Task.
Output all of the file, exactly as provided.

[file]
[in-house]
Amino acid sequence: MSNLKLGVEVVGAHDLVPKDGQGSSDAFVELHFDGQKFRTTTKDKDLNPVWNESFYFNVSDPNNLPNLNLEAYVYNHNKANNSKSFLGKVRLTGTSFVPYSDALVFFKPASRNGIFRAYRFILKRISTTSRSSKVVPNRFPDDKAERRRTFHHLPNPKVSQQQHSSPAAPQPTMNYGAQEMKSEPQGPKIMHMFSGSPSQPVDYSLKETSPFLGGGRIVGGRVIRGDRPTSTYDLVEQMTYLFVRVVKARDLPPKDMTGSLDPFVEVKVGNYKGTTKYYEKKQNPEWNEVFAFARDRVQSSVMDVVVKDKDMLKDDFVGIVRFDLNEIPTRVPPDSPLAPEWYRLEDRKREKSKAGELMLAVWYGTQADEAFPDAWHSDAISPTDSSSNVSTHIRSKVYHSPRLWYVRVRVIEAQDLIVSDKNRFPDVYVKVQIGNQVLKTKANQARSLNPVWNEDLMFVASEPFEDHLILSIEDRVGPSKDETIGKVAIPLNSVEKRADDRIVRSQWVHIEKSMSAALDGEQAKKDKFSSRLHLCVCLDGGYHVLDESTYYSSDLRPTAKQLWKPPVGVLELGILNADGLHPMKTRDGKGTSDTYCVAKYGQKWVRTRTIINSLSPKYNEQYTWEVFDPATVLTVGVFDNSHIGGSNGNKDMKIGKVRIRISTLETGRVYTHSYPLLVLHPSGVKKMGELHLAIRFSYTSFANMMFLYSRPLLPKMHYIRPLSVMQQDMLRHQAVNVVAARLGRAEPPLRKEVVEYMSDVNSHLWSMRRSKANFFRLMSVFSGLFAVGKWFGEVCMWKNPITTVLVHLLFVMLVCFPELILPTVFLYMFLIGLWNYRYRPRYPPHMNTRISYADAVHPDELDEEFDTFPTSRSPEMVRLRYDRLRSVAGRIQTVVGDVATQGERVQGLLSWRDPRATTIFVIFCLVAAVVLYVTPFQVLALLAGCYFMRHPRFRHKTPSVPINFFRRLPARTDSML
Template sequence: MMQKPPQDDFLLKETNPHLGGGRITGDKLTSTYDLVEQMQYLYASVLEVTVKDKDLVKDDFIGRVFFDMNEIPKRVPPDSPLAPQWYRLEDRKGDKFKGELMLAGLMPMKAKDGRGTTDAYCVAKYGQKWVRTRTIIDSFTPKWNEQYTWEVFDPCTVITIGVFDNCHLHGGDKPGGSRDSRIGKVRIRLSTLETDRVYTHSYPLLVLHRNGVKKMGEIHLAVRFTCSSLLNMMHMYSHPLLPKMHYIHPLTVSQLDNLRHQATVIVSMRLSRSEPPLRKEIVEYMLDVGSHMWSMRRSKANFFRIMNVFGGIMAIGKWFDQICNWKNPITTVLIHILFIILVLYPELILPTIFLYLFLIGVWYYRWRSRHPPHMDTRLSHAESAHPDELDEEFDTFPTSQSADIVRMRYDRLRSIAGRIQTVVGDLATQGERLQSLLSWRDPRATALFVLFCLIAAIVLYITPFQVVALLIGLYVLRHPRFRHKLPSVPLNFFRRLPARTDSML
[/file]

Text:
[in-house]
Amino acid sequence: MSNLKLGVEVVGAHDLVPKDGQGSSDAFVELHFDGQKFRTTTKDKDLNPVWNESFYFNVSDPNNLPNLNLEAYVYNHNKANNSKSFLGKVRLTGTSFVPYSDALVFFKPASRNGIFRAYRFILKRISTTSRSSKVVPNRFPDDKAERRRTFHHLPNPKVSQQQHSSPAAPQPTMNYGAQEMKSEPQGPKIMHMFSGSPSQPVDYSLKETSPFLGGGRIVGGRVIRGDRPTSTYDLVEQMTYLFVRVVKARDLPPKDMTGSLDPFVEVKVGNYKGTTKYYEKKQNPEWNEVFAFARDRVQSSVMDVVVKDKDMLKDDFVGIVRFDLNEIPTRVPPDSPLAPEWYRLEDRKREKSKAGELMLAVWYGTQADEAFPDAWHSDAISPTDSSSNVSTHIRSKVYHSPRLWYVRVRVIEAQDLIVSDKNRFPDVYVKVQIGNQVLKTKANQARSLNPVWNEDLMFVASEPFEDHLILSIEDRVGPSKDETIGKVAIPLNSVEKRADDRIVRSQWVHIEKSMSAALDGEQAKKDKFSSRLHLCVCLDGGYHVLDESTYYSSDLRPTAKQLWKPPVGVLELGILNADGLHPMKTRDGKGTSDTYCVAKYGQKWVRTRTIINSLSPKYNEQYTWEVFDPATVLTVGVFDNSHIGGSNGNKDMKIGKVRIRISTLETGRVYTHSYPLLVLHPSGVKKMGELHLAIRFSYTSFANMMFLYSRPLLPKMHYIRPLSVMQQDMLRHQAVNVVAARLGRAEPPLRKEVVEYMSDVNSHLWSMRRSKANFFRLMSVFSGLFAVGKWFGEVCMWKNPITTVLVHLLFVMLVCFPELILPTVFLYMFLIGLWNYRYRPRYPPHMNTRISYADAVHPDELDEEFDTFPTSRSPEMVRLRYDRLRSVAGRIQTVVGDVATQGERVQGLLSWRDPRATTIFVIFCLVAAVVLYVTPFQVLALLAGCYFMRHPRFRHKTPSVPINFFRRLPARTDSML
Template sequence: MMQKPPQDDFLLKETNPHLGGGRITGDKLTSTYDLVEQMQYLYASVLEVTVKDKDLVKDDFIGRVFFDMNEIPKRVPPDSPLAPQWYRLEDRKGDKFKGELMLAGLMPMKAKDGRGTTDAYCVAKYGQKWVRTRTIIDSFTPKWNEQYTWEVFDPCTVITIGVFDNCHLHGGDKPGGSRDSRIGKVRIRLSTLETDRVYTHSYPLLVLHRNGVKKMGEIHLAVRFTCSSLLNMMHMYSHPLLPKMHYIHPLTVSQLDNLRHQATVIVSMRLSRSEPPLRKEIVEYMLDVGSHMWSMRRSKANFFRIMNVFGGIMAIGKWFDQICNWKNPITTVLIHILFIILVLYPELILPTIFLYLFLIGVWYYRWRSRHPPHMDTRLSHAESAHPDELDEEFDTFPTSQSADIVRMRYDRLRSIAGRIQTVVGDLATQGERLQSLLSWRDPRATALFVLFCLIAAIVLYITPFQVVALLIGLYVLRHPRFRHKLPSVPLNFFRRLPARTDSML